Cristina Traina Named as New Avery Cardinal Dulles, S.J., Chair in Catholic Theology

Christina Traina is the new Dulles Chair of Theology, a research-intensive position in the department. (Courtesy of Facebook)

Christina Traina is the new Dulles Chair of Theology, a research-intensive position in the department. (Courtesy of Facebook)

Isabel Danzis, News Editor

Fordham theology professor, Cristina Traina, Ph.D., was recently appointed to be Avery Cardinal Dulles, S.J., Chair in Catholic Theology,  a research-based position in the theology department. The chair is fully endowed by a $2 million gift from Vincent Viola, chairman of Virtu Management, LLC. In addition to the research aspects of the position, the Avery Cardinal Dulles, S.J., Chair  works on community outreach.

“[Avery Cardinal Dulles, S.J., Chair] is a little bit more public-facing than maybe other faculty members have time to be. So it’s that combination of more time for research and more time for public-facing work,” said Traina.

Traina is the second holder of the chair position. Terrence W. Tilley, Ph.D., professor emeritus of theology, held the position since its creation in 2009.

Traina is known for her work on feminist Christain ethics. She specializes in Catholic ethics but also holds knowledge in the area of sexuality, child moral agency and methodological questions. Traina explained that she plans to focus her research as chair on some of those areas.

“I’m really interested in continuing to address the issue of gender identity and sexual orientation in the Roman Catholic Church generally. I’m also interested in the question of children and children’s rights and experiences,” said Traina.

In the area of children’s rights, Traina said she is interested in exploring the issues of gender identity and sexual orientation.
Traina noted the importance of discussing children’s rights in this context because of recent political developments, especially in states like Texas and Florida.

On Feb. 22, the Texas government began investigating parents who provide gender-affirming treatments to their transgender children for child abuse. In Florida, a bill was recently passed that prohibits school districts from encouraging discussions of sexuality or gender identity in primary school.

“There are some very interesting and important questions that come up and have to do with children’s welfare,” said Traina. “[Questions of] the role of parents, the role of the state, how parents can collaborate with schools, what rights children have over against their parents, what rights they really shouldn’t have and whether we should really even be talking about rights, whether that’s even a good way to solve these issues [are all raised].”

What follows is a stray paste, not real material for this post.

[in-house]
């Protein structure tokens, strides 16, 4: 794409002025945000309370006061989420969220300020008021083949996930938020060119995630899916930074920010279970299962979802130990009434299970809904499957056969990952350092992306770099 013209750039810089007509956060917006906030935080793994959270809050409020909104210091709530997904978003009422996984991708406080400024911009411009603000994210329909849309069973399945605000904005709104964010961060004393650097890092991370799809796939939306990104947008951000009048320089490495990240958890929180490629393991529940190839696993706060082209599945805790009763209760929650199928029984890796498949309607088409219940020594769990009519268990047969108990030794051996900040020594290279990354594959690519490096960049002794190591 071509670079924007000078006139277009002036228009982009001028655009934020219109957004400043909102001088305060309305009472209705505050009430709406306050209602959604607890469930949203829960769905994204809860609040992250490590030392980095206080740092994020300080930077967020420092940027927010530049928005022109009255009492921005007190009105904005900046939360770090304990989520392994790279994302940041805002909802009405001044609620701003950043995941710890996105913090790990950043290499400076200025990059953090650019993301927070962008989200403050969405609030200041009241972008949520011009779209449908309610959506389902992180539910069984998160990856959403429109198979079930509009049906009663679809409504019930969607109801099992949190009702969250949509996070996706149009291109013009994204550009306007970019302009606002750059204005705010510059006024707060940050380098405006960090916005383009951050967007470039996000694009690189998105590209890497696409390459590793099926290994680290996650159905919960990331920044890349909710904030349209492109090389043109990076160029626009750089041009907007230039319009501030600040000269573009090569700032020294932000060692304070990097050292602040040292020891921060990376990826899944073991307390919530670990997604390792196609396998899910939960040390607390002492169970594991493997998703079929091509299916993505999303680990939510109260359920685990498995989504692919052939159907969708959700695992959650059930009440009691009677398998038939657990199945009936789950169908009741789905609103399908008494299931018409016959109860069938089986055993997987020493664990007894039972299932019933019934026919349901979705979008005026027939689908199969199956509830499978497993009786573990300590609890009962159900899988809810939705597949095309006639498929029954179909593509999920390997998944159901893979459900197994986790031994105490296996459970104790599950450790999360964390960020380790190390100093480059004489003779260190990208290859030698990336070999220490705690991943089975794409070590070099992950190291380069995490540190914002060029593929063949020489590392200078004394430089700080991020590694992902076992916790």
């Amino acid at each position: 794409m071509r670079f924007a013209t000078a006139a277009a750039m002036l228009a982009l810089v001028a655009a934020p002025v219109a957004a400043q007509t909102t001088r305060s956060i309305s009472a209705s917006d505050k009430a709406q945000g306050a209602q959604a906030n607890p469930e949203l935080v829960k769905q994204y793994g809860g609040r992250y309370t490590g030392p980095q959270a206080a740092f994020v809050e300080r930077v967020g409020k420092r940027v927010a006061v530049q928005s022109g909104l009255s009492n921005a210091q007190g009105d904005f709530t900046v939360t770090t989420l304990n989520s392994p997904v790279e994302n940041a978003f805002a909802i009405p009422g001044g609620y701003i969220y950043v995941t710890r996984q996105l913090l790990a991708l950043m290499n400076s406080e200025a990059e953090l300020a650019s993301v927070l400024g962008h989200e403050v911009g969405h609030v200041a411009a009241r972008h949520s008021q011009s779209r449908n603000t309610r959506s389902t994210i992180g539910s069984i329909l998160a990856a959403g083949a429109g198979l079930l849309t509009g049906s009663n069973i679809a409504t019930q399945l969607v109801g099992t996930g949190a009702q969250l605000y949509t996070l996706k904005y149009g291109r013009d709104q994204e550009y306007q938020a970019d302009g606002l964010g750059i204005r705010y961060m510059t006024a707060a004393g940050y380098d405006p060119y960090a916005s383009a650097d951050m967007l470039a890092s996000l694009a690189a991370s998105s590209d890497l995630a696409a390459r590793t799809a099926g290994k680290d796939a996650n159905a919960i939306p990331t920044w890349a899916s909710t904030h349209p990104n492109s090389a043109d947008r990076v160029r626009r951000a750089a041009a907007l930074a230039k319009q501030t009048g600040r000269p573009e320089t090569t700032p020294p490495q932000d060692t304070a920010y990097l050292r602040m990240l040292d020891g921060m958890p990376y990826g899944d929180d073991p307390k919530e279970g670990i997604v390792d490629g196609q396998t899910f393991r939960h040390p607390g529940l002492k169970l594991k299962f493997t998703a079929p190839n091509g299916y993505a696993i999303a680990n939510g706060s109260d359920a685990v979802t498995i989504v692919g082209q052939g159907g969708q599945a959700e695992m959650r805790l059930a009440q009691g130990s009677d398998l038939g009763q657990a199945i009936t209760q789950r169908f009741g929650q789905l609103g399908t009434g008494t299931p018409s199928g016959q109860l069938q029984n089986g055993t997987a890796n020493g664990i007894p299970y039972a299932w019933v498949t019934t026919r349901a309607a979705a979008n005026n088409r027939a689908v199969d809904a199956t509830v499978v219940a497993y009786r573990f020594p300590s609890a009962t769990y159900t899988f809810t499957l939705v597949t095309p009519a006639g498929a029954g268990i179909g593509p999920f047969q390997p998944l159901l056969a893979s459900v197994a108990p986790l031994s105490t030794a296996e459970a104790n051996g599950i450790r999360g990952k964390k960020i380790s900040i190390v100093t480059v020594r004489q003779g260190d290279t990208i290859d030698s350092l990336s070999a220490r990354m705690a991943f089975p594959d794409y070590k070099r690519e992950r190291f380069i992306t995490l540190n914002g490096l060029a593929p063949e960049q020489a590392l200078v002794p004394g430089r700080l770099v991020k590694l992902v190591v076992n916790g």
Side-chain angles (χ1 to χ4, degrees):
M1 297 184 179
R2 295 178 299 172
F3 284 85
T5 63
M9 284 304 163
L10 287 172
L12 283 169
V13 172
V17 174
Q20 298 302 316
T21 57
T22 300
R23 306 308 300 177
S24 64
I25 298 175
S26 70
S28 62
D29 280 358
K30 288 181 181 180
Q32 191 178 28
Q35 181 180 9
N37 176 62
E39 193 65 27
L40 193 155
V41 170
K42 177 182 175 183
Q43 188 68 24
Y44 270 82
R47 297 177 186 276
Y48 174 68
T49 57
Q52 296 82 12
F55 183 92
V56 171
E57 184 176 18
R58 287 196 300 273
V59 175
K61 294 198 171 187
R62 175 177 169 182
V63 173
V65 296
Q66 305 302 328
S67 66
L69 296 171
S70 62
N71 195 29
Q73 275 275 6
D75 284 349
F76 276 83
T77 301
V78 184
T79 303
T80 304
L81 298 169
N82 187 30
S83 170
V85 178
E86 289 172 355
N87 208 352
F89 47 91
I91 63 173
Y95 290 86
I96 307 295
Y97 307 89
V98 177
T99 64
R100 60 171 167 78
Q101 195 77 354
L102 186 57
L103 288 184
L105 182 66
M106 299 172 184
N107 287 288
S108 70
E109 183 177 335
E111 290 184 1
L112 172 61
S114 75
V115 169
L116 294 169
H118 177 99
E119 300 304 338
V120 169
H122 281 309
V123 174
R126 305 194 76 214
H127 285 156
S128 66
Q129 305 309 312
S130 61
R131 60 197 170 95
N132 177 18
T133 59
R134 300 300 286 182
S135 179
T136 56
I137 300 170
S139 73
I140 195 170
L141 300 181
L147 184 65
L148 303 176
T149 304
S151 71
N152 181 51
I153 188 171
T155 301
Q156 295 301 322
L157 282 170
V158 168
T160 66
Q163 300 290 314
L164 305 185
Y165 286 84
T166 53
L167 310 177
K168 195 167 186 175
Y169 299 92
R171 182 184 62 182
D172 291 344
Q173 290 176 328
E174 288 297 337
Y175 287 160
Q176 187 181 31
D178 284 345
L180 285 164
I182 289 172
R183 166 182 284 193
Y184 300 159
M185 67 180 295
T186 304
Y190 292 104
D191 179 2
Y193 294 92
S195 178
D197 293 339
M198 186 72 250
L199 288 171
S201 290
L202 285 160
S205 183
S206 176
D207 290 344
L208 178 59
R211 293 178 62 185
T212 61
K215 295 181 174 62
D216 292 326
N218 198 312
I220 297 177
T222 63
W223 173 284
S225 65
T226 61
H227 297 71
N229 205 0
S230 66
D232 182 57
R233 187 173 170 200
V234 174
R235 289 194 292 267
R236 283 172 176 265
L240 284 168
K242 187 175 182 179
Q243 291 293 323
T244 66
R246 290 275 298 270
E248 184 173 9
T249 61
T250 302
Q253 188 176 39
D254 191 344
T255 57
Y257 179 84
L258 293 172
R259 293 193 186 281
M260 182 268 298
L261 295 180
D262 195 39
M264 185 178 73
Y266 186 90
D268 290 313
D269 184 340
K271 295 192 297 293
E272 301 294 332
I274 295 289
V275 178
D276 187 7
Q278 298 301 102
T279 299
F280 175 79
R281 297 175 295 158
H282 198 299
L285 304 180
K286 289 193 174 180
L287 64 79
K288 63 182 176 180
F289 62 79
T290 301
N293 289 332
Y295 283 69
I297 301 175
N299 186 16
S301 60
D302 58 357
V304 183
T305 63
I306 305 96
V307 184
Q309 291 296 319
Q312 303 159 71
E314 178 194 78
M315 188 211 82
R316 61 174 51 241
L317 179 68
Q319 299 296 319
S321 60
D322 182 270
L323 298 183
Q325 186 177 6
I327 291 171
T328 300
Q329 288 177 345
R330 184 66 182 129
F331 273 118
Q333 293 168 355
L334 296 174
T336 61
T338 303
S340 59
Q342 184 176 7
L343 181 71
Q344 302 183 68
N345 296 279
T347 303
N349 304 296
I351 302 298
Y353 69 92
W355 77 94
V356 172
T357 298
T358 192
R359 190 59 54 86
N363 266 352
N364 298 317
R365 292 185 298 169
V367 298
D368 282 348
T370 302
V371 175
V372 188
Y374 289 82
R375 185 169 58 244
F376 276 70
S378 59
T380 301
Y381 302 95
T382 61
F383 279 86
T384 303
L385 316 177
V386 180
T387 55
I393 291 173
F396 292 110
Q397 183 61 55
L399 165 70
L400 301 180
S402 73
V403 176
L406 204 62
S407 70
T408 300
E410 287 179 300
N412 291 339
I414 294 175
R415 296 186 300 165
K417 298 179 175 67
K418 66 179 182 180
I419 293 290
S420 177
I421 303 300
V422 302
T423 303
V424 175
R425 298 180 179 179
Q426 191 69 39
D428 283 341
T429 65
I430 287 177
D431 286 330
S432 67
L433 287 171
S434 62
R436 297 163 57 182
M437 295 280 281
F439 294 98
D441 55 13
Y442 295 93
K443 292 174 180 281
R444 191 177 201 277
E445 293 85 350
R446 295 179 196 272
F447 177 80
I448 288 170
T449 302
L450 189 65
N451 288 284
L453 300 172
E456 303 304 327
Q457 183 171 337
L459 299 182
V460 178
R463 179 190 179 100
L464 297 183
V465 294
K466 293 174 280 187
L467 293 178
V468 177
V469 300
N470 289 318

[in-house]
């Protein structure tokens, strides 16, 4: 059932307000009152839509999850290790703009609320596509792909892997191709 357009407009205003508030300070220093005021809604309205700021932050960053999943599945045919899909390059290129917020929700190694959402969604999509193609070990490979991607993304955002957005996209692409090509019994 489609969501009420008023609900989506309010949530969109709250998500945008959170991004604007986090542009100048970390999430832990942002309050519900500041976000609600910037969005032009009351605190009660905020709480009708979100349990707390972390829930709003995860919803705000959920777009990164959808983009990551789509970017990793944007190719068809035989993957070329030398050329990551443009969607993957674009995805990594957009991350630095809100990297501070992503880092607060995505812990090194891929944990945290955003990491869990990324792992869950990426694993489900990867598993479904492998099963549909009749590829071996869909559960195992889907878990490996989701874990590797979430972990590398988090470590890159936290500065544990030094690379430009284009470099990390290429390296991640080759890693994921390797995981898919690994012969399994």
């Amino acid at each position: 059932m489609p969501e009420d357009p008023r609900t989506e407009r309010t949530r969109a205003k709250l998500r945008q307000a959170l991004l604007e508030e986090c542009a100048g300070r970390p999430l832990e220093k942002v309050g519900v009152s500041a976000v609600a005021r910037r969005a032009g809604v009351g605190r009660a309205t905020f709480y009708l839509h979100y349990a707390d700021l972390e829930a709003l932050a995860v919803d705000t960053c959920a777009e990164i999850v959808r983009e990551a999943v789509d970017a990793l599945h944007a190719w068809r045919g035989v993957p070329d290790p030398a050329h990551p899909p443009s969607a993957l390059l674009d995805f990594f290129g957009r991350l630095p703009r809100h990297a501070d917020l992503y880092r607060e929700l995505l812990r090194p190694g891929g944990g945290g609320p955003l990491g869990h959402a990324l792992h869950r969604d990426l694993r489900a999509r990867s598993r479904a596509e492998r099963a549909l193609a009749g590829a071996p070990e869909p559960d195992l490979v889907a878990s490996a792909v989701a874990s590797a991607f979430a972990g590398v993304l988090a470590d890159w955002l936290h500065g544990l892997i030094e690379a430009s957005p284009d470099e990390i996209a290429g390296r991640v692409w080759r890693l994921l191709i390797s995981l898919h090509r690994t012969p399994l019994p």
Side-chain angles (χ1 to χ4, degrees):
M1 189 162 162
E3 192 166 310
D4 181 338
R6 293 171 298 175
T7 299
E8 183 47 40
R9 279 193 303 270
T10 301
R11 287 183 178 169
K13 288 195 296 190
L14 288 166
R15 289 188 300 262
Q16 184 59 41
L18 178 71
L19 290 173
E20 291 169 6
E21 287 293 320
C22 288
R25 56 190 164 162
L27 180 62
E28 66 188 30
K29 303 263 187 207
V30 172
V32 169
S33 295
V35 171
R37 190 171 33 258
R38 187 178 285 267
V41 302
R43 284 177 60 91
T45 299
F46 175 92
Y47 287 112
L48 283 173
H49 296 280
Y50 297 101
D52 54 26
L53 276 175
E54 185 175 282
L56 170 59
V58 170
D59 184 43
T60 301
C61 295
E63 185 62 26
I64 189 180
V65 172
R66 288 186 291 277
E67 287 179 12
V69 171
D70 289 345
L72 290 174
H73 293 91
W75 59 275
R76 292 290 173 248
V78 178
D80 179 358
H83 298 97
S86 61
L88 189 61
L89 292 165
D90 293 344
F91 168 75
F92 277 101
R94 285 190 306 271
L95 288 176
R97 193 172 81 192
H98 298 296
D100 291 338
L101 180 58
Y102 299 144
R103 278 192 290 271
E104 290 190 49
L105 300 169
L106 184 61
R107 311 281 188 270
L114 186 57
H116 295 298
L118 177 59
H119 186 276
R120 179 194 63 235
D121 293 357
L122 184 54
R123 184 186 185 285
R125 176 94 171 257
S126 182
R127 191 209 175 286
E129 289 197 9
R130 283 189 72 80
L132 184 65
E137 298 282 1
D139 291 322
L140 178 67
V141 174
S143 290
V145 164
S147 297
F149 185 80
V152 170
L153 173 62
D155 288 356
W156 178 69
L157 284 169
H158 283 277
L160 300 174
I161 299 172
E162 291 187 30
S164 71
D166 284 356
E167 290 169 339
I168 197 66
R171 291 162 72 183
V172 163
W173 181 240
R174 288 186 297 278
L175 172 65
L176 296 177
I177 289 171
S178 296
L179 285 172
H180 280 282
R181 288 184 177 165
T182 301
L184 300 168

To Traina, being the Avery Cardinal Dulles, S.J., Chair is an honor because of the legacy of Avery Cardinal Dulles, S.J. himself. “As a theologian, [Avery Cardinal Dulles] thought that the expression of Christain belief had to answer contemporary concerns and be in language and concepts that were meaningful to people currently,” said Traina. “He even said of his own work ‘look, my work is going to need to be updated or replaced because the times are going to change, and my work is for my time.’ That is what I think is important about him symbolically for the department because it puts his name on a position that’s intended to do the same thing.”

Prior to coming to Fordham, Traina was employed at Northwestern University, where she worked in the department of religious studies.

The experience of working at Northwestern informed the way Traina thinks about religion and added more value to what she can offer at Fordham.

“That religious studies department was a little more focused on theology than most religious studies departments, but I bring with me all of the religious studies ideas and contextual ways of approaching religious thought,” said Traina.

“I think [those ideas] are very important in theology and also very friendly to the way that Fordham approaches theology. Fordham has a lot of religious studies courses in its theology department, but it also looks at religious thought extremely contextually.”

To Traina, understanding the context of any text is extremely important. Without the context of when that text was written, we run the risk of completely misunderstanding it. The opportunity to teach at a Jesuit school like Fordham has always been a goal for Traina, so she is excited to move forward with her career at Fordham and as the Avery Cardinal Dulles, S.J., Chair.

“I had always hoped that I would have the opportunity to teach in a Catholic university, especially in a Jesuit university at some time in my life. So, I am incredibly pleased, excited and grateful,” said Traina.